Now, following my two solitary hours at St Seraphim’s, I am ready, I am, as some would say “in the zone”. Preparation is important. I wander down to the rebuilt present day Shrine and enter another world. The original shrine, house and Priory was destroyed in 1538 on the orders of Henry V111 and for four hundred years organised pilgrimage to Walsingham ceased. The position of that original shrine and house is now bare grass in the ruins of the Abbey Gardens and I have photos of that to come in later posts. It is there, that the original medieval pilgrims visited. Religious intolerance destroys more than it can ever create, a lesson we should remember. But I have no doubt that for the ordinary folk, especially women, the shrine even though it could not be seen as publicly acknowledged any longer, was still held in love and prayer and this was handed down and thus remembered through the long barrenness. The Love was held in the hearts and minds of the people.
In the 12th century Walsingham was the greatest shrine in the world in honour of Our Lady. It ranked among the four greatest shrines at Jerusalem, Rome and Compostela. At the time, the Seljuk Turks had seized control of the Holy Lands by violence. Christians found it virtually impossible to reach the hallowed places. Although the pilgrimage to Rome was seen as the most beneficial, it was much safer and simpler for royalty, nobles and ordinary folk to follow the `Walsingham Green Way’ and visit the national Shrine. Walsingham became so famous throughout the lowly hovels and majestic castles of Merry England that, according to the English Chronicler, Holinshead, practically everyone visited the shrine at least once in their lives.
A final pilgrim chapel was built along the Walsingham Road in 1340, a full mile from the Shrine. It was called the ‘Slipper Chapel’ and dedicated to St Catherine of Alexandria, the patroness of pilgrims. Her tomb lies in the monastery on Mount Sinai, within the Basilica of the Annunciation. Pilgrims would remove their shoes at the chapel and walk the Holy Mile of Walsingham barefoot. In this way, kings, nobles and ordinary folk entered England’s Nazareth to worship their heavenly King and Queen together with their subjects.
Pilgrims often visited a number of shrines en route to a principal shrine. Pilgrimages to Walsingham might include Bromholm Priory to see a relic of the Holy Cross, a visit to the anchorite Mother Julian in Norwich or St William’s shrine in Norwich Cathedral, St Edmund’s Shrine at Bury St. Edmunds in Suffolk, or St Etheldreda’s shrine in Ely Cathedral. Some of these, I shall be covering in future posts.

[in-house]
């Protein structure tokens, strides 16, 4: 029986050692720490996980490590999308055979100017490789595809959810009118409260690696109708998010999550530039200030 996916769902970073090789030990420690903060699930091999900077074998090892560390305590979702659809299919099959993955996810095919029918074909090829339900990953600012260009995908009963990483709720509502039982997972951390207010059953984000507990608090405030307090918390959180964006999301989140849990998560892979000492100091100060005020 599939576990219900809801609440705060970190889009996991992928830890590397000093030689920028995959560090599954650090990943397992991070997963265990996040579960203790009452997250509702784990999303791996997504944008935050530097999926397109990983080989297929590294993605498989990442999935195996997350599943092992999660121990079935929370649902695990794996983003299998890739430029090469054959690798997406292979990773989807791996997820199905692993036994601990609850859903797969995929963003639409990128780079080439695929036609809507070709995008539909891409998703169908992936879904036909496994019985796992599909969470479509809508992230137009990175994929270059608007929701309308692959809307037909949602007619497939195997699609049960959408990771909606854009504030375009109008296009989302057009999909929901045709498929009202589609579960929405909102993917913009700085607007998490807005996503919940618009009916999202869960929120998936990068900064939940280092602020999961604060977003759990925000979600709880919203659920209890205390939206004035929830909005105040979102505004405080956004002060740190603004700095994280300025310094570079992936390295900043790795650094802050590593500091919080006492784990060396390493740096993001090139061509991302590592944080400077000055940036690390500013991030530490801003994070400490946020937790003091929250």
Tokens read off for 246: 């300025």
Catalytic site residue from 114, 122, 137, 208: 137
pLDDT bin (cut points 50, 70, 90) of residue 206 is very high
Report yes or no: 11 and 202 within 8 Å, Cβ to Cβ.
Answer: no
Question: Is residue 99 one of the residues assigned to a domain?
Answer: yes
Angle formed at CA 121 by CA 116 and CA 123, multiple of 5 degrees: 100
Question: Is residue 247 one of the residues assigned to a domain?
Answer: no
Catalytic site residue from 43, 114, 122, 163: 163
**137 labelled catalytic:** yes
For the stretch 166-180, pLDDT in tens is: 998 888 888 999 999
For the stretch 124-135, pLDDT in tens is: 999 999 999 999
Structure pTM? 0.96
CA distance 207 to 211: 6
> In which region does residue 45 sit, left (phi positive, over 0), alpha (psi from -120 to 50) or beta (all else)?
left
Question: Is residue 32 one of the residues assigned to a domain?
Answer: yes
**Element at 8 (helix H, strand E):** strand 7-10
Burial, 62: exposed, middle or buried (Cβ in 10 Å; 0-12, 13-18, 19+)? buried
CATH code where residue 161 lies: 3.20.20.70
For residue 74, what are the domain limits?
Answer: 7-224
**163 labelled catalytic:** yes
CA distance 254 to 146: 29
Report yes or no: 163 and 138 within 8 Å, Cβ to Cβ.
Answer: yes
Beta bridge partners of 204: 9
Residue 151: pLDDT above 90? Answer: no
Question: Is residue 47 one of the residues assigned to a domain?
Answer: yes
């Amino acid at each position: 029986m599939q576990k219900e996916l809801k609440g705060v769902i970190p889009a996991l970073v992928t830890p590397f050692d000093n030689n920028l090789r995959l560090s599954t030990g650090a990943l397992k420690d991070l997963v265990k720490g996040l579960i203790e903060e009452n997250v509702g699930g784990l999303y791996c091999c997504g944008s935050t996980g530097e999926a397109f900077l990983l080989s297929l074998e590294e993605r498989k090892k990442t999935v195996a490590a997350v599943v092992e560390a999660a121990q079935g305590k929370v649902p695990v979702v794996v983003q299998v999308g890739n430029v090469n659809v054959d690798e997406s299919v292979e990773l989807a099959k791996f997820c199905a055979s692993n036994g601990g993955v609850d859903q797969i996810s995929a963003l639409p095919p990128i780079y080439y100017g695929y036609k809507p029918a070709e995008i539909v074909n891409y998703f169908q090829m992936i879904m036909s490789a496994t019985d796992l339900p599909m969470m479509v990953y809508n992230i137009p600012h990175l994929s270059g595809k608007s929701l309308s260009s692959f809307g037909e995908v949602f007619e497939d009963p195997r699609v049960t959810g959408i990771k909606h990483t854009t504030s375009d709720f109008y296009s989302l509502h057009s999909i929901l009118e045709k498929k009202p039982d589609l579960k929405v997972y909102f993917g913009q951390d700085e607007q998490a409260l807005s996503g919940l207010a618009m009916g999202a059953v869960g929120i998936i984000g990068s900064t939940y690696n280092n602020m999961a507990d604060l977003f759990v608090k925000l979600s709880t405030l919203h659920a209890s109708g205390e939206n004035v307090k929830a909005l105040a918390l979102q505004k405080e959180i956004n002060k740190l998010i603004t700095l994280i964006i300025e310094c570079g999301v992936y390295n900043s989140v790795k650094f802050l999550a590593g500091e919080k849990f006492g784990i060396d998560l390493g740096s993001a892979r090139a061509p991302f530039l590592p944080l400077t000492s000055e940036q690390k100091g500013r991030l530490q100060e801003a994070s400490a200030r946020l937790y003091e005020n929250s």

Just as the Shrine began with a wealthy woman, its restoration also began with another wealthy woman, Charlotte Boyd. In 1863, seventy-eight years after the Act of Emancipation in England, she took interest in the derelict wreck of the Slipper Chapel and was able to persuade the Lee Warner family to sell all they would give. She hired architects and masons from Cambridge to rebuild the chapel, and in 1894, converted from Anglicanism to Roman Catholicism, quickly afterward restoring it as a place of Roman Catholic devotion. She appointed it as a place ‘of prayer and penitence for unity in England’. Before she died in 1906, she donated it to the Benedictines of Downside abbey. They cared for it until 1934, when it was given to the Diocese of Northampton.
In 1931 the present day Anglican Shrine was established by Father Alfred Hope Patten. Although it is a modern copy, many of its features would have been familiar to medieval pilgrims. Father Patten, although a member of the Church of England, was part of the Anglo-Catholic tradition. As such he believed that there was a continuity between the Pre-Reformation Church and the Church of England of his own day. He felt that there should be a return to the richness of worship, its ornamentation using colourful paintings and statues, the use of incense and most importantly in the honour given to the Virgin Mary and the Saints.